To the countless enjoyment of hundreds of thousands living on or near the Chesapeake Bay, the region is now blessed to have some of the country’s finest photographers document for the whole world to see this vast watershed’s rare beauty.
That wasn’t always the case. Three decades ago, when the Baltimore Sun’s award-winning photographer Dave Harp left his job in the 1980s to devote his working life to capturing the Bay on film, he didn’t have much company. While the region had been fortunate in the first half of the 20th century, with the likes of A. Aubrey Bodine and Constance Stuart Larrabee, by the time Harp came on the scene, the subject matter had returned to a kind of no man’s land.
Since those days, Harp has continued his love affair with the Bay, albeit now with the digital photography and aerial photography, but his themes of land meeting water have remained. And now with over one hundred thousand photographs behind him, the Chesapeake Bay Maritime Museum has decided to honor this remarkable legacy of work with a major retrospective on Harp’s images. Starting at the end of this month until 2021, the Museum has pulled together fifty of those photos for all to enjoy.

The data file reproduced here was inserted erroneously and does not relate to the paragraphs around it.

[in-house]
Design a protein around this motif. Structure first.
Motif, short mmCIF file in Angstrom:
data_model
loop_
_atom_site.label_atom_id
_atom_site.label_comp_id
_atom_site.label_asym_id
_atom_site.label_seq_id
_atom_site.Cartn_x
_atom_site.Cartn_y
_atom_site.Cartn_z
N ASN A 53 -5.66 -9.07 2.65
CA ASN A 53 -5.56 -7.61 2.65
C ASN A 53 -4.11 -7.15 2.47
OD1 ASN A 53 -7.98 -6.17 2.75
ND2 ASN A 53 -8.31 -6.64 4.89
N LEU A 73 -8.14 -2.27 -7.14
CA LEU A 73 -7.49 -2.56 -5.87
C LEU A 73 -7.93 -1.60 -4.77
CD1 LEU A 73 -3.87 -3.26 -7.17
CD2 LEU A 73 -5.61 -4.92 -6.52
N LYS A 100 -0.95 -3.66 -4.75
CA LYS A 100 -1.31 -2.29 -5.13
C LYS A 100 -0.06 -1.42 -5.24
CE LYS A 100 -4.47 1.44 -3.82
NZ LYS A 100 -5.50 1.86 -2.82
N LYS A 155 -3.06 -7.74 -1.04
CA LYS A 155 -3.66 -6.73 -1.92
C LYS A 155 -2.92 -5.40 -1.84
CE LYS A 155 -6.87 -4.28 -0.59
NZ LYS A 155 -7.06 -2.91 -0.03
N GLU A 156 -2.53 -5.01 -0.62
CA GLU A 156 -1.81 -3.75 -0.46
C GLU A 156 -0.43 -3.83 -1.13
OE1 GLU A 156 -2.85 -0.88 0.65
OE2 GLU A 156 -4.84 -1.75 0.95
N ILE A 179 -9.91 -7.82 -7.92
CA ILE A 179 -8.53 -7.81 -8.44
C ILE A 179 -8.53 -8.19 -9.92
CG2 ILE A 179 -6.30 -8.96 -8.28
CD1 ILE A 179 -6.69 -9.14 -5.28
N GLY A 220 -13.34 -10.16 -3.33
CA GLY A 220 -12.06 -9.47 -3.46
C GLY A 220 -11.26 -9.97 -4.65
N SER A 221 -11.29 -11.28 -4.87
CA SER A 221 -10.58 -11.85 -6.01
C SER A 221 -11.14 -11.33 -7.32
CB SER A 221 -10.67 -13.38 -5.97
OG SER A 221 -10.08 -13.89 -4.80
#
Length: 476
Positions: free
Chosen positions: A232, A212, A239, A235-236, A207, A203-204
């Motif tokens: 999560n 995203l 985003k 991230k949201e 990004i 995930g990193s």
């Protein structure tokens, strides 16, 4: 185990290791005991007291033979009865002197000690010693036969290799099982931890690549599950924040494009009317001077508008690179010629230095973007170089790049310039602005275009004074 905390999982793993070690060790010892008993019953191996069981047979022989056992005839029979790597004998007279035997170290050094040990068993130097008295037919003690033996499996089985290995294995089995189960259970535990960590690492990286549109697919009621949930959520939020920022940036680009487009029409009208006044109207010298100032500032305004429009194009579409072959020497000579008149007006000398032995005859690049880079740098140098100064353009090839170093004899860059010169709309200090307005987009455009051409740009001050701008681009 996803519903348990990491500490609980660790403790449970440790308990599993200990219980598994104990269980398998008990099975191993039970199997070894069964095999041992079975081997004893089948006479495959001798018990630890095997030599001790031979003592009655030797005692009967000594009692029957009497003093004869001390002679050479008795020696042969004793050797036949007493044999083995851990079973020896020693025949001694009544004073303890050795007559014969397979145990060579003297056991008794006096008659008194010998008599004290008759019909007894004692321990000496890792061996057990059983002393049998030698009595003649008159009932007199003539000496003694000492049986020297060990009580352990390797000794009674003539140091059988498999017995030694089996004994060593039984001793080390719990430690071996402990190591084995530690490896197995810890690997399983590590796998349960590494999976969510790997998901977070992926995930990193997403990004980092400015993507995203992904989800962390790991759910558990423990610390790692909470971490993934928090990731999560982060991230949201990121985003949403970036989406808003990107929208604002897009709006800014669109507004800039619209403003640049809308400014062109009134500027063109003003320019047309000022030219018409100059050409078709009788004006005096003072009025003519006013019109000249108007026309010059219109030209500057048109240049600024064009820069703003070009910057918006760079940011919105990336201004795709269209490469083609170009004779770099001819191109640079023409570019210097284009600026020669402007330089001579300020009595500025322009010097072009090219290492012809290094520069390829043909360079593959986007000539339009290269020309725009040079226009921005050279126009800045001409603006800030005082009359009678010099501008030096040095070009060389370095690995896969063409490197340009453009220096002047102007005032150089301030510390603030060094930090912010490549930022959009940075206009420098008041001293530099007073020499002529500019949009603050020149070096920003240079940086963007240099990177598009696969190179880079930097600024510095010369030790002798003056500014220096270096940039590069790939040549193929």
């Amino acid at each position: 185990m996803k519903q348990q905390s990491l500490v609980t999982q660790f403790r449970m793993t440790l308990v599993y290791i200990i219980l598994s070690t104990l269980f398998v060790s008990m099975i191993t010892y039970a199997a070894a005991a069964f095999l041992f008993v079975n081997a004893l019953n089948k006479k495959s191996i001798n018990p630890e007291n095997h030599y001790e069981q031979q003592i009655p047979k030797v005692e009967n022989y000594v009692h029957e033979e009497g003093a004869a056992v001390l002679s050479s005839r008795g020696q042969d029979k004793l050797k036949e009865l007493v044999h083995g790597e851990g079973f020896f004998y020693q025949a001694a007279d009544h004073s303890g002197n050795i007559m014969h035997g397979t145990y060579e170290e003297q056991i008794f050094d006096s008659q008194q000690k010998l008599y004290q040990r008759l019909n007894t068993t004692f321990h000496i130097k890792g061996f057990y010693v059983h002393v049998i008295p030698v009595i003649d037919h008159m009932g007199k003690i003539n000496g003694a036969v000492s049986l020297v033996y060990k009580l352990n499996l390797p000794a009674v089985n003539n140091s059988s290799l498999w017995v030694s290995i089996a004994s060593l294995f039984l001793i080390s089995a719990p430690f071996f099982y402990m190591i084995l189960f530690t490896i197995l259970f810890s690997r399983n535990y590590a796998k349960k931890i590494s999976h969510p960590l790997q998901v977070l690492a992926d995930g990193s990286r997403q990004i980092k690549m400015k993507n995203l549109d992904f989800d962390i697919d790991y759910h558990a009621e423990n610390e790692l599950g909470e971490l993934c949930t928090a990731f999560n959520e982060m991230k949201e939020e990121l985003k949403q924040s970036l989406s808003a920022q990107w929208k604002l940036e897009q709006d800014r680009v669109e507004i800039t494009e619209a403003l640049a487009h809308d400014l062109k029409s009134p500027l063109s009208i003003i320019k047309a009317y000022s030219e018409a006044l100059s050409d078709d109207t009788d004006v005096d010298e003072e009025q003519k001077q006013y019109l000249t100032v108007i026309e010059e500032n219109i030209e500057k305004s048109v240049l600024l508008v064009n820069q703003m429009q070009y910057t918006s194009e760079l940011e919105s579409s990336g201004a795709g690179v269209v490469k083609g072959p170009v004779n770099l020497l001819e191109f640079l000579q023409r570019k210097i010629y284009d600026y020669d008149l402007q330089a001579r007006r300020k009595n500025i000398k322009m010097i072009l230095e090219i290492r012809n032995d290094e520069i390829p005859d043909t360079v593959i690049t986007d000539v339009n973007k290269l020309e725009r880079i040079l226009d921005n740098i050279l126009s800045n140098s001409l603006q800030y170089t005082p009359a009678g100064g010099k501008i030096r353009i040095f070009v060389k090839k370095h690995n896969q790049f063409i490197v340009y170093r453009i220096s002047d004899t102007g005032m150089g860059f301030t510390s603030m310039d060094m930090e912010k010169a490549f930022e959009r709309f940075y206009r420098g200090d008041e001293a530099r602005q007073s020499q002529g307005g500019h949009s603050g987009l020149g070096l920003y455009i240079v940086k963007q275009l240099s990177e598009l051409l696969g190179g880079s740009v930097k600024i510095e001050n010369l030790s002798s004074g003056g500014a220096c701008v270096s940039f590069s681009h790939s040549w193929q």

A few weeks ago, the Spy talked to Dave about his work, his approach to photography, and his concerns about the Chesapeake Bay’s future in the 21st Century.
This video is approximately five minutes in length. For more information about “Where Land and Water Meet: The Chesapeake Bay Photography of David W. Harp” please go here.